The world of strobes, sticky floors and ecstatic crowds seems a million miles away. In its place is Tier 3, an uncertain arrangement in which already mounting pressures on the nightlife industry have increased.
Those pubs and bars unable to offer food – such as Terrace in the Northern Quarter – have closed their doors again. Now, another lockdown approaches and soon public events will be a thing of the past once again.
The last few weeks have seen the distribution of funds from the Cultural Recovery Fund, with a deep sigh of relief washing over the many recipient venues across the UK. But funds have not been divided equally. Hundreds of venues have been left without adequate financial support while Resident Advisor and Boiler Room, huge organisations less likely to be damaged by closures and declining footfall, both received substantial grants.
Such inequalities are exacerbated by the fact that events have struggled to be as profitable as they once were.
“The main thing was the vast increase in costs for opening the doors,” Hit & Run told us. “I was paying five times the amount I’d normally expect for a venue that capacity. In the past you’d legally have to have one doorman for every 100 punters; that was changed to one doorman for every 40 punters, meaning the security bill was already two and a half times higher than usual.”
It’s clear that the music scene is under a very real and imminent threat
Such is the reality of the situation. Businesses have been saddled by the curfew, creatives have been instructed to retrain by the government, bursaries for creative subjects have been slashed and venues have been forced to close. It’s clear that the music scene is under a very real and imminent threat.
Back in July, Manchester-based party Noire State hosted rising garage mastermind Interplanetary Criminal at Brickhouse Social. Founded on a shared love of the underground music scene, Noire State are set on supplying the same energy they have provided at raves and gigs over the years to “regular ravers who really miss going out, and who are just more than happy to just be somewhere that’s mixing live house, disco, garage and breakbeat.”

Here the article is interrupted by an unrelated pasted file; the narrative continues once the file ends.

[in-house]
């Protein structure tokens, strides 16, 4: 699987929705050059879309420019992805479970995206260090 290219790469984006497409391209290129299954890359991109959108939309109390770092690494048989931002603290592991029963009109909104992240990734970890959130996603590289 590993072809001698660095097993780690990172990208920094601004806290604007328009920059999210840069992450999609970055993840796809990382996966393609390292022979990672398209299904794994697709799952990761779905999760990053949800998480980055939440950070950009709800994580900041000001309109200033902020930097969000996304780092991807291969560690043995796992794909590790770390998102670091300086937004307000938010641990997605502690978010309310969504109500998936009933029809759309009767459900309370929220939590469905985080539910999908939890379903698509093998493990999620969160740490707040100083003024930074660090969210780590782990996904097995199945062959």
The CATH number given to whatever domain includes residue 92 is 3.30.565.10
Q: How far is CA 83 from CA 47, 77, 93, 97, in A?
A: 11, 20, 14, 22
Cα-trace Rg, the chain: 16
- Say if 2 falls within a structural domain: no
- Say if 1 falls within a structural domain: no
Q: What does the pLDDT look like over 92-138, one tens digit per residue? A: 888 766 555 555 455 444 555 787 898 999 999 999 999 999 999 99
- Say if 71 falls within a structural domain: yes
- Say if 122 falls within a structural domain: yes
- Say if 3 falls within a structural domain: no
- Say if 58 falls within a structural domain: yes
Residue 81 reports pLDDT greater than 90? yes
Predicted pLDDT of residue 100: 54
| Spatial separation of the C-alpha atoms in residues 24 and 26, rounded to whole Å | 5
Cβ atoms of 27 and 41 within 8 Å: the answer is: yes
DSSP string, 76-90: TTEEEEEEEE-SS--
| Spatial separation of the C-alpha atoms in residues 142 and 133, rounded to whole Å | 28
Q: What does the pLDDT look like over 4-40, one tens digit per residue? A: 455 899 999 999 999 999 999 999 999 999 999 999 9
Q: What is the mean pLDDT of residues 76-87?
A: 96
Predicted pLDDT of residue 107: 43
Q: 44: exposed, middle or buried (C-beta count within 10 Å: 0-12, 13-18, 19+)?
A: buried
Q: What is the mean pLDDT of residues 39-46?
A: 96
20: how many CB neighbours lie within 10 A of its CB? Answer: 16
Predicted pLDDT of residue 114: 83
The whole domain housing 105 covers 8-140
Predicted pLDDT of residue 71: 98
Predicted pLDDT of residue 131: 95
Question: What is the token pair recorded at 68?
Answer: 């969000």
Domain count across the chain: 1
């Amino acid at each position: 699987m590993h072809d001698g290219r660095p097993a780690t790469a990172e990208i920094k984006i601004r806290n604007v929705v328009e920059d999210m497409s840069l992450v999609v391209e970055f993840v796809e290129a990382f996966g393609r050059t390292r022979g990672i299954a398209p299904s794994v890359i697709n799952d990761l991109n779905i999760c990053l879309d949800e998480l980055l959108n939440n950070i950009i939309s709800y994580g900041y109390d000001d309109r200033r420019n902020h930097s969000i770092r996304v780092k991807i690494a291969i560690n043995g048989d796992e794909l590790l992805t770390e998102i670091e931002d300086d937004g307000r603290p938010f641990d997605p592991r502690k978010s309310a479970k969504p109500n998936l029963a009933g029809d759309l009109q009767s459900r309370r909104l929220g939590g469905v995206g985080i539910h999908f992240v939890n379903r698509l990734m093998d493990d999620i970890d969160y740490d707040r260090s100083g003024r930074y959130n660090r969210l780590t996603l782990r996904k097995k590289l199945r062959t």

For them, lack of clarity from the government has presented new challenges. “From volume levels to the lack of transparency on the government regulations, it’s been a lot of trial and error and a minefield for pretty much all promoters” they explained. Coronavirus is uncharted territory, and promoters are understandably taking each step with extreme caution.
Since July, however, much has changed. Those attending Noire State’s events at Sammy’s these days have to order a “substantial meal” if it is to be accompanied by alcohol. Keeping up regulations like these has taken adaptation.
“For an industry that was already struggling, to cut four to six hours of that workday out has definitely meant we’ve had to put our heads together and find creative ways to get people out earlier.”
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Given that the 10pm curfew had already taken a significant slice out of UK venues’ earnings – and with re-closure now a reality – businesses are understandably suffering. As well as being financially limiting, order-to-table regulations at COVID-secure events naturally created a different clubbing experience, as Hit & Run explained:
“The energy was obviously different with everyone spaced out, but it was actually pretty special due to the fact that everyone was buzzing to hear their favourite music loudly on a good rig with their mates after a long period of enforced abstinence.”